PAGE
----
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ParkerVision touts Wi-Fi range boost tech

Up to 1.6km

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Internet Security Threat Report 2014

Radio Frequency (RF) transceiver maker Florida-based ParkerVision claims its Horizons wireless adaptor products significantly improve the range of standard 802.11 networking kit - regardless of which vendor's base-station the client accesses.

The company says it can extend the outdoor range of Wi-Fi communications by to 1.6km - more than five times the range achieved with standard 802.11 devices.

ParkerVision also claims its Direct2Data (D2D) technology eliminates almost all indoor dead zones - spaces where standard Wi-Fi signals can't reach.

Don't expect such a long range without a Horizons access point, however. Like many range-extending technologies, such as Atheros' XR technology, the D2D system works best with its own equipment at either end of the connection. But unlike most proprietaryt extenstions to the 802.11 standard, ParkerVision insists users will see significant range gains in multi-vendor environments. Not that it offers numbers to back this up, mind you.

However, the company claims that adding a Horizons adaptor to a beta tester's PC allowed his off-the-shelf access point to be reached throughout his three-floor site rather than just half of it as was the case with a third-party WLAN adaptor.

D2D is based on direct conversion signal processing. According to ParkerVision, it "directly demodulates the baseband information from the RF carrier with an optimised signal-to-noise ratio. Conversely, when used as a transmitter, the D2D circuit modulates the baseband information directly onto the RF carrier".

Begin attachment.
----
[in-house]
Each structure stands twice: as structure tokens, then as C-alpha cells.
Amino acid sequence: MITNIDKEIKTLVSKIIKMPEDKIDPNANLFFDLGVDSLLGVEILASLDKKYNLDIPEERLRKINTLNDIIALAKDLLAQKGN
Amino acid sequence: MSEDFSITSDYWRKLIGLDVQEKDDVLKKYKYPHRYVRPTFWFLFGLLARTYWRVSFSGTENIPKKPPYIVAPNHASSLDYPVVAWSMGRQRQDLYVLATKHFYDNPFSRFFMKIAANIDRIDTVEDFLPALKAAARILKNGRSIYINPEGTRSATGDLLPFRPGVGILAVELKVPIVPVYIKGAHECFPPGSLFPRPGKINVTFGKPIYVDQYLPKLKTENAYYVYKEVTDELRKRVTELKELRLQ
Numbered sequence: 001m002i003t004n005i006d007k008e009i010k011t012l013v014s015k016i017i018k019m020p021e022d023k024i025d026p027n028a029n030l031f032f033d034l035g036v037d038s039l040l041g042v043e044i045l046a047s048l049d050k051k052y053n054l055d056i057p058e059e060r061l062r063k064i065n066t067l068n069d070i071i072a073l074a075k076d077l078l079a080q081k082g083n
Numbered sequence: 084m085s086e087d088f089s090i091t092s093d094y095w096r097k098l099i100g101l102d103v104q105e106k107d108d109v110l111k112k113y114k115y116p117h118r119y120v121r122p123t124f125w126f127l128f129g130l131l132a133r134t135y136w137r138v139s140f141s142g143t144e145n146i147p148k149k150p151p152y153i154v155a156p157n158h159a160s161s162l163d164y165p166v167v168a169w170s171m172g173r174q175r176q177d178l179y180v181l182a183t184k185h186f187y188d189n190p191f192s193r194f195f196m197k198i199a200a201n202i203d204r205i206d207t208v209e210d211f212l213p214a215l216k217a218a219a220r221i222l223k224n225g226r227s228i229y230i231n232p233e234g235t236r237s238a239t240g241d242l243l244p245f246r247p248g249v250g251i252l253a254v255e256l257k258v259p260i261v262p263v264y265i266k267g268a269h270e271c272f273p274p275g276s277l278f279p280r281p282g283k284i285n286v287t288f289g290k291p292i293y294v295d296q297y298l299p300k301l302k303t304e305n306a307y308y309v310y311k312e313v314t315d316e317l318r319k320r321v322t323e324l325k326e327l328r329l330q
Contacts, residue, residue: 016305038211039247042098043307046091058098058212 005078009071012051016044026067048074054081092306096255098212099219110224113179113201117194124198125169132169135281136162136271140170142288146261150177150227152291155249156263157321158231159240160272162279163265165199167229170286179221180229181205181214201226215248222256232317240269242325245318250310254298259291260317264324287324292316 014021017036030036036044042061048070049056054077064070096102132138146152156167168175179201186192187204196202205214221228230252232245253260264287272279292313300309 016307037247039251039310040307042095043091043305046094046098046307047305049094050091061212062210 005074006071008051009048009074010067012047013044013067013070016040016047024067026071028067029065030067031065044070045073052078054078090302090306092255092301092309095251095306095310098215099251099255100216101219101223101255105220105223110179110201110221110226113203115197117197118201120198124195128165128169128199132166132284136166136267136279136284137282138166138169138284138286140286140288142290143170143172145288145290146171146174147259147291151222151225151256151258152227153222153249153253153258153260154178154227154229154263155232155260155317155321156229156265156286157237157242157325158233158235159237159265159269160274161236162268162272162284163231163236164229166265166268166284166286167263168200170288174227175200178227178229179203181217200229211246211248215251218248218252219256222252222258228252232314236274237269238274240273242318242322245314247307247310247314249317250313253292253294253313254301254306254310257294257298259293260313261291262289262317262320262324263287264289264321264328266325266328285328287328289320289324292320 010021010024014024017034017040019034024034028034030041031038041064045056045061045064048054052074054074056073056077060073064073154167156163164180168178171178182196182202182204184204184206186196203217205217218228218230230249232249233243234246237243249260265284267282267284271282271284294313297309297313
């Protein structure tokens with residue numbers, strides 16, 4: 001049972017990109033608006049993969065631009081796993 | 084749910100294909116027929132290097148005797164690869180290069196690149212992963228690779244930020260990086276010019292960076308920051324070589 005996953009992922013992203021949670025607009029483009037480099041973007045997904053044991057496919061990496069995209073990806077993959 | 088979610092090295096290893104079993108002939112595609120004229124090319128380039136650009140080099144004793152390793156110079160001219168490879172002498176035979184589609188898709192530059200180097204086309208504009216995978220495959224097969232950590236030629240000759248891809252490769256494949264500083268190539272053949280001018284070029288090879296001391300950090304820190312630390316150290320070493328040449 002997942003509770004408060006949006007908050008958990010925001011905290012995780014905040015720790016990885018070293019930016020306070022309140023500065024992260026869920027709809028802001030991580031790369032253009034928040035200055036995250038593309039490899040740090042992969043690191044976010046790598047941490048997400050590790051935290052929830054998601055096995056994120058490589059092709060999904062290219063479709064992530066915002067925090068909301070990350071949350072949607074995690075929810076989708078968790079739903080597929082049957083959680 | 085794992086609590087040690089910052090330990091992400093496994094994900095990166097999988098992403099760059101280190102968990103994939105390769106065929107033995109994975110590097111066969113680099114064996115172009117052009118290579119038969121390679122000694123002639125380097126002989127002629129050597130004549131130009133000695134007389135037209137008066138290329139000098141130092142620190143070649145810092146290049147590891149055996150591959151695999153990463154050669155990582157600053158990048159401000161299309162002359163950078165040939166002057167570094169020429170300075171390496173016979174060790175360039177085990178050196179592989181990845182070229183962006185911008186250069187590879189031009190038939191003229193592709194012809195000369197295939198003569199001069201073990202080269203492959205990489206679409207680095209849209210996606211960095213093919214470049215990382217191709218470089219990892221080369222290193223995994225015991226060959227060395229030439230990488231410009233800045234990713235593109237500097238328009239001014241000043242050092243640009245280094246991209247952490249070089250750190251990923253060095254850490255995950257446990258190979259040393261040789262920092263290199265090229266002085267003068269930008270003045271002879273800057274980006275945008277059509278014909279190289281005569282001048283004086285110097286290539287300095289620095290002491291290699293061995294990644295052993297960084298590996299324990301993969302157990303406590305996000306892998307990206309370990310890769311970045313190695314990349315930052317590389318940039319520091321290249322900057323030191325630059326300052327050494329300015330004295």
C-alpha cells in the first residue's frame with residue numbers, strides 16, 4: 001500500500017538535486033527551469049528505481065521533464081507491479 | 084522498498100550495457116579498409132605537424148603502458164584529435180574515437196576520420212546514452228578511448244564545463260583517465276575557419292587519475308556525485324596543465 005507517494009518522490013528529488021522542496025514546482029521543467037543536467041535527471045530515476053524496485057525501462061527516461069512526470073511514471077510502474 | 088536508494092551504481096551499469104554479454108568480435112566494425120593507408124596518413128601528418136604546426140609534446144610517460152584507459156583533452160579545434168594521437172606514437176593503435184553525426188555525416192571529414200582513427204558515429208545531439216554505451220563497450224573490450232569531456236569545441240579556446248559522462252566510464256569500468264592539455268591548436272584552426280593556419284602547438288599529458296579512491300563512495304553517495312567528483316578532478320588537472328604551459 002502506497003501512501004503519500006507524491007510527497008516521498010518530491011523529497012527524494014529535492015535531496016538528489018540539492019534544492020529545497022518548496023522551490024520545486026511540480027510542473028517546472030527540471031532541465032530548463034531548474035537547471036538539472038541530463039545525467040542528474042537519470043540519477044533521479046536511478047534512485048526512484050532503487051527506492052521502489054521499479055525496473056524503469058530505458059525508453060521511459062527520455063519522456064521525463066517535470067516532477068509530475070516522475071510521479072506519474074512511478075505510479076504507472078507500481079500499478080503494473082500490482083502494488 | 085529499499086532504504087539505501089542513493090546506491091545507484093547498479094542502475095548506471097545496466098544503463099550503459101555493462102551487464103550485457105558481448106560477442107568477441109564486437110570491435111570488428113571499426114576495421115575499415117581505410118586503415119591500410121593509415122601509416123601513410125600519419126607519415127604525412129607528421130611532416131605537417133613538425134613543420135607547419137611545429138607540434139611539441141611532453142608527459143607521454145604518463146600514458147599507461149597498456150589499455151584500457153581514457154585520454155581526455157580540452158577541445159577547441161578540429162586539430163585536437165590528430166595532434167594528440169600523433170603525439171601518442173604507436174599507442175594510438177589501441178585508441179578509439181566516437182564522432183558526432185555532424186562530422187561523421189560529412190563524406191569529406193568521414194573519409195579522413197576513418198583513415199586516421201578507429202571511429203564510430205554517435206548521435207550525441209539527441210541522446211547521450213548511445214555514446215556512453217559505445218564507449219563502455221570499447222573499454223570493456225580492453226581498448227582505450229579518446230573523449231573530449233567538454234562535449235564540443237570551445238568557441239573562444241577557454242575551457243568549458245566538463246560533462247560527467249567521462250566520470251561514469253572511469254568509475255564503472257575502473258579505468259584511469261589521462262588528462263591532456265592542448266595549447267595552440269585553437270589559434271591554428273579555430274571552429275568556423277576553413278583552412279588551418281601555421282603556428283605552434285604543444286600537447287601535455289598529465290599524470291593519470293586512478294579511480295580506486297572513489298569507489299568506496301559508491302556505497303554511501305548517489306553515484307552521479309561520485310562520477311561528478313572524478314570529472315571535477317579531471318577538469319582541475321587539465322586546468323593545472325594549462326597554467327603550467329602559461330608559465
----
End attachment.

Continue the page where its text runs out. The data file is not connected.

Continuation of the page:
Cutting through the technobabble, the technique essentially involves converting the analog radio signal into digital form as early as possible, at a high sample rate, then using DSP technology to manipulate the digital data. Direct conversion systems have been around for some time. To date the technique has largely been applied in cellphone base-stations and digital satellite TV receivers.

Traditional Wi-Fi transceivers perform more work in the analog domain, which is easier to do, but requires more complex - and more costly - RF circuitry and components for signal processing and frequency manipulation. Issues such as local oscillator signals leaking through the antenna and creating noise, and the precise amplitude and phase balance required to make DC work are some of the challenges ParkerVision has presumably solved in the development of DC for Wi-Fi applications.

The first Horizons product, a $99.95 802.11b/g PC Card, the HZ1500, is shipping in the US today. ParkerVision promises an access point product by the middle of Q4.

The Horizons PC Card is currently only available direct from ParkerVision. ®

Related Stories

Atheros triples Wi-Fi range to 1km
Intel blasts proprietary Wi-Fi tweaks
Intel announces death of copper

Internet Security Threat Report 2014

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